What can we help you with?

What is happening in the brain when we respond to stress?

< All Topics

In the brain, there are many brain regions involved during emotion processing and they communicate frequently with each other. These are the amygdala, the prefrontal cortex, the cingulate cortex, the hippocampus, and the basal ganglia and they make up the emotion processing network. The amygdala is responsible for managing both positive and negative information. The prefrontal cortex, which is located at the front of the brain, is like the control centre that guides our actions. This regulates the stress response by making things seem less scary.

When we experience frightening or fearful situations, the amygdala sends messages to the prefrontal cortex to flee to safety. The amygdala and prefrontal cortex share a special connection as it is within this relationship that signals the stress response system to activate. This consists of the hypothalamus (this is the part of the brain that ‘wakes up the pituitary gland), the pituitary gland (although small, this part of the brain has a mighty job – it releases hormones that are messengers in the stress response system, sending messages to the adrenal gland. And the adrenal glands, which sit on top of the kidneys, release cortisol into the body. Scientists call this the HPA axis. If those messages are to remain in a fearful state – feeling worried, shaking, sweating, heart pounding, hiding away, your brain learns that this is the response to have for that particular emotion or experience.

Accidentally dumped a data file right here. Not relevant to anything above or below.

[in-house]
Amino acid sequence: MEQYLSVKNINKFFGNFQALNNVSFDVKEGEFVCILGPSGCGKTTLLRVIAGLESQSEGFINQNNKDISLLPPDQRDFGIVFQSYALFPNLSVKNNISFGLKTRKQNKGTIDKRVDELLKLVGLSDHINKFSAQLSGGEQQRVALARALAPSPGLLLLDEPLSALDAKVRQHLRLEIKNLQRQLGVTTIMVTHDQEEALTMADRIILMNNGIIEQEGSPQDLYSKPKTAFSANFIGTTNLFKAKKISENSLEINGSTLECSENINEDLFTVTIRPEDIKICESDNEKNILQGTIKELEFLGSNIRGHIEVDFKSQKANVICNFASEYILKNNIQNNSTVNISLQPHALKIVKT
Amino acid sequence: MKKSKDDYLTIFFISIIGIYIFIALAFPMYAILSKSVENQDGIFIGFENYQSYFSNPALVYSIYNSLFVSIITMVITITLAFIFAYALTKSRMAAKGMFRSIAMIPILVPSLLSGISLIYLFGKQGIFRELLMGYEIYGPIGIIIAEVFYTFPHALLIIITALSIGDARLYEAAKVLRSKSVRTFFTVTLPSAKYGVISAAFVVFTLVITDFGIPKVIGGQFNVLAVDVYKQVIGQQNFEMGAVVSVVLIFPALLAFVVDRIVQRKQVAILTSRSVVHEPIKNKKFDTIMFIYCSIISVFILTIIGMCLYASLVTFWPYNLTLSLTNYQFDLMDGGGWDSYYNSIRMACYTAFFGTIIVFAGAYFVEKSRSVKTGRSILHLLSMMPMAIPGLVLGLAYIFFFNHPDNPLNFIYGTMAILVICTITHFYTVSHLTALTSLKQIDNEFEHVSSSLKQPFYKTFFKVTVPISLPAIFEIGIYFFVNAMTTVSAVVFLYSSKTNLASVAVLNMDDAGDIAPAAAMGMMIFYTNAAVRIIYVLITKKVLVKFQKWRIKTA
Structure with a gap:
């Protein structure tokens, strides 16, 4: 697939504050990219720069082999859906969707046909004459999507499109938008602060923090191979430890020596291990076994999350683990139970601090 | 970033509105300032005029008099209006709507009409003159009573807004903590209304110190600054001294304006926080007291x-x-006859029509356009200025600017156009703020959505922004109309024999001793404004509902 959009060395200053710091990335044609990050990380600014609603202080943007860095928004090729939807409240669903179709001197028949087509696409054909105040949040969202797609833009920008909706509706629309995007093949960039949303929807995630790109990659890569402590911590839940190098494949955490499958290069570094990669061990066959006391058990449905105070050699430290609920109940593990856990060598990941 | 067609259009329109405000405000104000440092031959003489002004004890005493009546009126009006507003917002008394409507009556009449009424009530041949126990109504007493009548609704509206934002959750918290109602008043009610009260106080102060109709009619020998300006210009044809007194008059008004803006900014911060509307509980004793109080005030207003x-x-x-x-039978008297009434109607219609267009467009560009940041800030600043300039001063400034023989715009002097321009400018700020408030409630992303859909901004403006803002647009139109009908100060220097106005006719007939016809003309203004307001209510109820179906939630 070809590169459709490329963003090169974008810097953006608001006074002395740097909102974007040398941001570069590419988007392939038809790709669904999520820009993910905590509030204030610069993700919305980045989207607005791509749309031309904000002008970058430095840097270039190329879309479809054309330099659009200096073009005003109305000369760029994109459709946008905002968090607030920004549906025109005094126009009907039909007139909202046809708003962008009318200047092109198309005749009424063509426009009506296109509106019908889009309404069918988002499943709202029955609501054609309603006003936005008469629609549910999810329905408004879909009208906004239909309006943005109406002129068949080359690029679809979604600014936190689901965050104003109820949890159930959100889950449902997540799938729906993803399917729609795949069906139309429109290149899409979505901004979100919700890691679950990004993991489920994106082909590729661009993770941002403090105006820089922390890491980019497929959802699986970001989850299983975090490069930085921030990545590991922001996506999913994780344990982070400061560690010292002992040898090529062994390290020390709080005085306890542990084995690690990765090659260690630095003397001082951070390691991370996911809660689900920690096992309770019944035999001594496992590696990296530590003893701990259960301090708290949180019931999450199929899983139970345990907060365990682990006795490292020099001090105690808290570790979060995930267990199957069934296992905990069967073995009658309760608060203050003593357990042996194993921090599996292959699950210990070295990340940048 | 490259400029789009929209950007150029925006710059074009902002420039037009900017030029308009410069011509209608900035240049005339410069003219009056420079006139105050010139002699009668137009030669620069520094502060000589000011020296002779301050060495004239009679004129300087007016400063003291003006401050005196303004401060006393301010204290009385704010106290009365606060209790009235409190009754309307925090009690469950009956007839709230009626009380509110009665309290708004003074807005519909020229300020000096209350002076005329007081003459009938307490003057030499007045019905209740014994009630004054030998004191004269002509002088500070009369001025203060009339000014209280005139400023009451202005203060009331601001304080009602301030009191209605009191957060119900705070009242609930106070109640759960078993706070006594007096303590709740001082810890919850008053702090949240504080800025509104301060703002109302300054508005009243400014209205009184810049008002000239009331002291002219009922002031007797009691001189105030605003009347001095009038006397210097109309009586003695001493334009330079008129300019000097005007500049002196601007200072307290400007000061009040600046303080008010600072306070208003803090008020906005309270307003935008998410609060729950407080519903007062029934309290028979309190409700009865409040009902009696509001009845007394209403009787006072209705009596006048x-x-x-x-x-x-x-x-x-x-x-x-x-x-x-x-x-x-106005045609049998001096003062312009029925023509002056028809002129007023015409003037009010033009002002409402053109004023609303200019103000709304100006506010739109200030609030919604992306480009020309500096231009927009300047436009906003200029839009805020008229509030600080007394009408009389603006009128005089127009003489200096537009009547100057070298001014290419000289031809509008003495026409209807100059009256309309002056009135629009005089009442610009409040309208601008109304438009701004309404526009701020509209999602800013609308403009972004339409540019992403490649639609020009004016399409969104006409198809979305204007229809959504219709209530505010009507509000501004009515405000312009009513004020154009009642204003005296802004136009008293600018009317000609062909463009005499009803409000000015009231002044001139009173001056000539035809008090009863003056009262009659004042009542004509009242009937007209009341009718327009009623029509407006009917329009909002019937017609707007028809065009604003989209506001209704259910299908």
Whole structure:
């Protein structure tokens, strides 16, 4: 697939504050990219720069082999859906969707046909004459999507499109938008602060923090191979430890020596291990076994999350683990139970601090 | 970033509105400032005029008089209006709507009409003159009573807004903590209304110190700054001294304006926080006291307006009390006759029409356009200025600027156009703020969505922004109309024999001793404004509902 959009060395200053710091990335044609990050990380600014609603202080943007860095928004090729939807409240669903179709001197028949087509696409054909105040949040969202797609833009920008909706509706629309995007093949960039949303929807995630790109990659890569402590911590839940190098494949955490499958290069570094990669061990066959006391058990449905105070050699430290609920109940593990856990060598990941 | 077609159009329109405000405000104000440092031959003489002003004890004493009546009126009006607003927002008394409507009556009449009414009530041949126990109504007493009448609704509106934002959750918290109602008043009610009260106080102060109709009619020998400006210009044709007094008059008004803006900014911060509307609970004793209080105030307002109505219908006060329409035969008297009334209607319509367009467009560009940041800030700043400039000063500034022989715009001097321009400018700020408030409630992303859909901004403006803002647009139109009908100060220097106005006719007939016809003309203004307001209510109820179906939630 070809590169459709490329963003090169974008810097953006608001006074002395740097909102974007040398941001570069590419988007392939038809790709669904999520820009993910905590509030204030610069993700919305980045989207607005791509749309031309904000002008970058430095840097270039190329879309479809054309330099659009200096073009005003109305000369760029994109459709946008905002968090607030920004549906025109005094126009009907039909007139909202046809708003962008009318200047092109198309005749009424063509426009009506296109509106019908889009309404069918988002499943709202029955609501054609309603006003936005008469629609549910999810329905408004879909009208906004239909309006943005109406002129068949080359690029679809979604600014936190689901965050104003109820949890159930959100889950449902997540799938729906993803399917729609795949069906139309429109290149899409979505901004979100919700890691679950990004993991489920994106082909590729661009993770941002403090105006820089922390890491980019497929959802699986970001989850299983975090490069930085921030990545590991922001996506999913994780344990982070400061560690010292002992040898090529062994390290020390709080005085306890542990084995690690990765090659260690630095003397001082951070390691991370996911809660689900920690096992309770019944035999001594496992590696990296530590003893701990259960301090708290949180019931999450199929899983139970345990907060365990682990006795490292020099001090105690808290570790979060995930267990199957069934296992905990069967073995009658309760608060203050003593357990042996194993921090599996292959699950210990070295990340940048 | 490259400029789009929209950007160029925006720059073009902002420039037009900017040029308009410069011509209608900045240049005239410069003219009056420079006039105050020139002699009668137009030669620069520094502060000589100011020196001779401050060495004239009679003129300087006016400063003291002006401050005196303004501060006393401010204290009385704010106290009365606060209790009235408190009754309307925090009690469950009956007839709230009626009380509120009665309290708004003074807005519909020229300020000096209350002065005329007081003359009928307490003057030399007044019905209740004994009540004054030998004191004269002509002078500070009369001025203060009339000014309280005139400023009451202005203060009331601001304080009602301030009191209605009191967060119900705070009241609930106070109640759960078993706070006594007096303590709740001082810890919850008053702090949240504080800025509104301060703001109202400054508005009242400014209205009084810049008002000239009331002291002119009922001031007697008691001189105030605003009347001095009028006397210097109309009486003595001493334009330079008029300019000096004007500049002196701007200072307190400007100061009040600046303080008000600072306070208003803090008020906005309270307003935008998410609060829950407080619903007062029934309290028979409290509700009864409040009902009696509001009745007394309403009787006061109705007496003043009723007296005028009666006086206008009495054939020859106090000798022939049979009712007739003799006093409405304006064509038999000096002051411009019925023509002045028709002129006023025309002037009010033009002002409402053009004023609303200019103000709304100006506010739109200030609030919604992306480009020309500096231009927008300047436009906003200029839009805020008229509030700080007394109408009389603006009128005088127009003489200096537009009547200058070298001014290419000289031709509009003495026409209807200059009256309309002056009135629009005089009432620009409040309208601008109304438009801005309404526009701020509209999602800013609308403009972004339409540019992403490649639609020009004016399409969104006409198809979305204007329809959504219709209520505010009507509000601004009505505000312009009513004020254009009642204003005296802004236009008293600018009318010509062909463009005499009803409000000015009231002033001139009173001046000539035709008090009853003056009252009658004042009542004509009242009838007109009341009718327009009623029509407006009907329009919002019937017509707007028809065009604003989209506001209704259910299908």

We experience normal stressors daily, such as talking in front of a crowd. These will make us feel nervous or scared and our body will begin to experience those physical responses; heart racing, heavy breath, etc. This is because the amygdala has perceived stress in the environment and the pre-frontal cortex helps the amygdala to see stressful events as a little less frightening or frustrating. This process helps us to calm down and will only last a short time and there is a window here where tools and techniques that we adopt when feeling this way will help our bodies feel calm. When we experience long-lasting stressors, for example, a death in the family, long-lasting stressors make us feel sad or scared for a long period of time.

Even though our bodies have these super stress-response systems, we are best at dealing with stress when we have a little help. The special relationship we mentioned earlier, between the amygdala and prefrontal cortex does not mature until teenage-hood, therefore, children rely on the relationships around them to learn tools and help them calm down.

What is happening in the brain when we respond to stress?